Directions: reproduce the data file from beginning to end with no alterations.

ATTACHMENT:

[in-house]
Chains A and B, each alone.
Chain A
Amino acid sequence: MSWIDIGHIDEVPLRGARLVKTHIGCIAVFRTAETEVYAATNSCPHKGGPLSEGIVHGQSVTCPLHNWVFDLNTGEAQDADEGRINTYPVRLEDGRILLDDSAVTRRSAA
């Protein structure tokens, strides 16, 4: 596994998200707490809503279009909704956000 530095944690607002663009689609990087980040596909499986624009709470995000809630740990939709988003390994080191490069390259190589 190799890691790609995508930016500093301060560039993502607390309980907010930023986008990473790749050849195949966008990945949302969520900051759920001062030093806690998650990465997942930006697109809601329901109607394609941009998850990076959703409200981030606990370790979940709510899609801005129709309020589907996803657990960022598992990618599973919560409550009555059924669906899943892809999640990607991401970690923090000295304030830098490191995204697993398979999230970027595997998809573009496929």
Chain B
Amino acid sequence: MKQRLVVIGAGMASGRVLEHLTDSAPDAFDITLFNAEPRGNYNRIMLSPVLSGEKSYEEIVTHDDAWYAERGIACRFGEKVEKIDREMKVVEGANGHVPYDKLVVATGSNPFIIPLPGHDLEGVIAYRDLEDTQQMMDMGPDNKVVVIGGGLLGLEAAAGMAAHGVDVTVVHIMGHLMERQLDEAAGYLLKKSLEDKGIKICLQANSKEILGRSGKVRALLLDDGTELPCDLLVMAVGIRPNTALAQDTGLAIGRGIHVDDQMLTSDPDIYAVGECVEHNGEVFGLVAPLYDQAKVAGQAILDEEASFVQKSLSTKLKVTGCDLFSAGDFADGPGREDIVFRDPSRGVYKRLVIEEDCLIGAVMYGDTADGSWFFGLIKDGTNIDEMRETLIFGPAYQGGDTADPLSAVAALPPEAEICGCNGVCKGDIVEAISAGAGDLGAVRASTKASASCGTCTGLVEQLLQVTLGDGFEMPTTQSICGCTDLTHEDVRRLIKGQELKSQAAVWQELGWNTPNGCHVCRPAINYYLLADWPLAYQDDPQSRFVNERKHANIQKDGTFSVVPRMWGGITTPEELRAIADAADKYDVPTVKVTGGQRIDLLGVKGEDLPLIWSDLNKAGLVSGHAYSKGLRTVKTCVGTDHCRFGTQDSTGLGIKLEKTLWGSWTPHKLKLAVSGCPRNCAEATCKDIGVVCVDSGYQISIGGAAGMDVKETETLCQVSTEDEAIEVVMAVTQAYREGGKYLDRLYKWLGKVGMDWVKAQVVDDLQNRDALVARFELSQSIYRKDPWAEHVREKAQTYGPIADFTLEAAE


[in-house]
Chains A and B, each alone.
Chain A
Amino acid sequence: MSWIDIGHIDEVPLRGARLVKTHIGCIAVFRTAETEVYAATNSCPHKGGPLSEGIVHGQSVTCPLHNWVFDLNTGEAQDADEGRINTYPVRLEDGRILLDDSAVTRRSAA
């Protein structure tokens, strides 16, 4: 596994998200707490809503279009909704956000 530095944690607002663009689609990087980040596909499986624009709470995000809630740990939709988003390994080191490069390259190589 190799890691790609995508930016500093301060560039993502607390309980907010930023986008990473790749050849195949966008990945949302969520900051759920001062030093806690998650990465997942930006697109809601329901109607394609941009998850990076959703409200981030606990370790979940709510899609801005129709309020589907996803657990960022598992990618599973919560409550009555059924669906899943892809999640990607991401970690923090000295304030830098490191995204697993398979999230970027595997998809573009496929």
Chain B
Amino acid sequence: MKQRLVVIGAGMASGRVLEHLTDSAPDAFDITLFNAEPRGNYNRIMLSPVLSGEKSYEEIVTHDDAWYAERGIACRFGEKVEKIDREMKVVEGANGHVPYDKLVVATGSNPFIIPLPGHDLEGVIAYRDLEDTQQMMDMGPDNKVVVIGGGLLGLEAAAGMAAHGVDVTVVHIMGHLMERQLDEAAGYLLKKSLEDKGIKICLQANSKEILGRSGKVRALLLDDGTELPCDLLVMAVGIRPNTALAQDTGLAIGRGIHVDDQMLTSDPDIYAVGECVEHNGEVFGLVAPLYDQAKVAGQAILDEEASFVQKSLSTKLKVTGCDLFSAGDFADGPGREDIVFRDPSRGVYKRLVIEEDCLIGAVMYGDTADGSWFFGLIKDGTNIDEMRETLIFGPAYQGGDTADPLSAVAALPPEAEICGCNGVCKGDIVEAISAGAGDLGAVRASTKASASCGTCTGLVEQLLQVTLGDGFEMPTTQSICGCTDLTHEDVRRLIKGQELKSQAAVWQELGWNTPNGCHVCRPAINYYLLADWPLAYQDDPQSRFVNERKHANIQKDGTFSVVPRMWGGITTPEELRAIADAADKYDVPTVKVTGGQRIDLLGVKGEDLPLIWSDLNKAGLVSGHAYSKGLRTVKTCVGTDHCRFGTQDSTGLGIKLEKTLWGSWTPHKLKLAVSGCPRNCAEATCKDIGVVCVDSGYQISIGGAAGMDVKETETLCQVSTEDEAIEVVMAVTQAYREGGKYLDRLYKWLGKVGMDWVKAQVVDDLQNRDALVARFELSQSIYRKDPWAEHVREKAQTYGPIADFTLEAAE